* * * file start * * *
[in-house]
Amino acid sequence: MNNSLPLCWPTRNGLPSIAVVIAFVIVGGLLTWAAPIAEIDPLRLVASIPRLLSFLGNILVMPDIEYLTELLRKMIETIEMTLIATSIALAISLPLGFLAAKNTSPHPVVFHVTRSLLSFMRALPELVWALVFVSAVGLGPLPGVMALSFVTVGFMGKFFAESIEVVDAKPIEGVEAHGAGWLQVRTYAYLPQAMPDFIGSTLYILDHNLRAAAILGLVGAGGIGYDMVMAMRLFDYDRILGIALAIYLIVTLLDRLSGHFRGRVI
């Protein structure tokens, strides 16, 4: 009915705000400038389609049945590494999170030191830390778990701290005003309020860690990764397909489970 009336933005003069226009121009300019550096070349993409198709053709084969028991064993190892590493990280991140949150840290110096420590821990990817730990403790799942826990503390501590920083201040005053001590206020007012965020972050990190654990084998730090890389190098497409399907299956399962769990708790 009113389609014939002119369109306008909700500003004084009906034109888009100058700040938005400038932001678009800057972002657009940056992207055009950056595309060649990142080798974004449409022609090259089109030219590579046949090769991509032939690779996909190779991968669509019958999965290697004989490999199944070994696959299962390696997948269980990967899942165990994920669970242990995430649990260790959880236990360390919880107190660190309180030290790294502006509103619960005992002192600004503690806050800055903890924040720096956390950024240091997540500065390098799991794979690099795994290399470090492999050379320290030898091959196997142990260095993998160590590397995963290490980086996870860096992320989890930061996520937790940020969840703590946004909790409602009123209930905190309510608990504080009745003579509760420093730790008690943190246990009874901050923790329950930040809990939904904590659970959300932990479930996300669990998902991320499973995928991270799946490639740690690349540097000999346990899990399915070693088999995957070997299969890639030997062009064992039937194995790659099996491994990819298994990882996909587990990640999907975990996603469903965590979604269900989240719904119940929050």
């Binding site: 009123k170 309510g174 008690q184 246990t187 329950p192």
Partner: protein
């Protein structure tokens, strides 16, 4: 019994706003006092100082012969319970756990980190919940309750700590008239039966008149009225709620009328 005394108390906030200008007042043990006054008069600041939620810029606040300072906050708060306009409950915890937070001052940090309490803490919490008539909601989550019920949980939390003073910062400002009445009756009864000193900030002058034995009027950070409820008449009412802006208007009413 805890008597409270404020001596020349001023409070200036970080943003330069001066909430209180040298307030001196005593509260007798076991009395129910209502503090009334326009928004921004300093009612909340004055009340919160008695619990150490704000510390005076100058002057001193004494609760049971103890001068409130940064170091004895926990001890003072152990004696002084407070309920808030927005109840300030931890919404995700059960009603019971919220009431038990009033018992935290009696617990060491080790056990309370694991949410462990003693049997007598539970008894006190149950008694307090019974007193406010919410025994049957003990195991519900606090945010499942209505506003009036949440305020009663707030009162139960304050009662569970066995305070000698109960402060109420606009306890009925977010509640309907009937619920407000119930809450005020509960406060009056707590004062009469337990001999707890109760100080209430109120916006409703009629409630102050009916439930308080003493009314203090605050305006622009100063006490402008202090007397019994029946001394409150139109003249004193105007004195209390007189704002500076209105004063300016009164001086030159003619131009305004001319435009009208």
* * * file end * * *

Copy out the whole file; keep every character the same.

[in-house]
Amino acid sequence: MNNSLPLCWPTRNGLPSIAVVIAFVIVGGLLTWAAPIAEIDPLRLVASIPRLLSFLGNILVMPDIEYLTELLRKMIETIEMTLIATSIALAISLPLGFLAAKNTSPHPVVFHVTRSLLSFMRALPELVWALVFVSAVGLGPLPGVMALSFVTVGFMGKFFAESIEVVDAKPIEGVEAHGAGWLQVRTYAYLPQAMPDFIGSTLYILDHNLRAAAILGLVGAGGIGYDMVMAMRLFDYDRILGIALAIYLIVTLLDRLSGHFRGRVI
């Protein structure tokens, strides 16, 4: 009915705000400038389609049945590494999170030191830390778990701290005003309020860690990764397909489970 009336933005003069226009121009300019550096070349993409198709053709084969028991064993190892590493990280991140949150840290110096420590821990990817730990403790799942826990503390501590920083201040005053001590206020007012965020972050990190654990084998730090890389190098497409399907299956399962769990708790 009113389609014939002119369109306008909700500003004084009906034109888009100058700040938005400038932001678009800057972002657009940056992207055009950056595309060649990142080798974004449409022609090259089109030219590579046949090769991509032939690779996909190779991968669509019958999965290697004989490999199944070994696959299962390696997948269980990967899942165990994920669970242990995430649990260790959880236990360390919880107190660190309180030290790294502006509103619960005992002192600004503690806050800055903890924040720096956390950024240091997540500065390098799991794979690099795994290399470090492999050379320290030898091959196997142990260095993998160590590397995963290490980086996870860096992320989890930061996520937790940020969840703590946004909790409602009123209930905190309510608990504080009745003579509760420093730790008690943190246990009874901050923790329950930040809990939904904590659970959300932990479930996300669990998902991320499973995928991270799946490639740690690349540097000999346990899990399915070693088999995957070997299969890639030997062009064992039937194995790659099996491994990819298994990882996909587990990640999907975990996603469903965590979604269900989240719904119940929050």
């Binding site: 009123k170 309510g174 008690q184 246990t187 329950p192």
Partner: protein
């Protein structure tokens, strides 16, 4: 019994706003006092100082012969319970756990980190919940309750700590008239039966008149009225709620009328 005394108390906030200008007042043990006054008069600041939620810029606040300072906050708060306009409950915890937070001052940090309490803490919490008539909601989550019920949980939390003073910062400002009445009756009864000193900030002058034995009027950070409820008449009412802006208007009413 805890008597409270404020001596020349001023409070200036970080943003330069001066909430209180040298307030001196005593509260007798076991009395129910209502503090009334326009928004921004300093009612909340004055009340919160008695619990150490704000510390005076100058002057001193004494609760049971103890001068409130940064170091004895926990001890003072152990004696002084407070309920808030927005109840300030931890919404995700059960009603019971919220009431038990009033018992935290009696617990060491080790056990309370694991949410462990003693049997007598539970008894006190149950008694307090019974007193406010919410025994049957003990195991519900606090945010499942209505506003009036949440305020009663707030009162139960304050009662569970066995305070000698109960402060109420606009306890009925977010509640309907009937619920407000119930809450005020509960406060009056707590004062009469337990001999707890109760100080209430109120916006409703009629409630102050009916439930308080003493009314203090605050305006622009100063006490402008202090007397019994029946001394409150139109003249004193105007004195209390007189704002500076209105004063300016009164001086030159003619131009305004001319435009009208």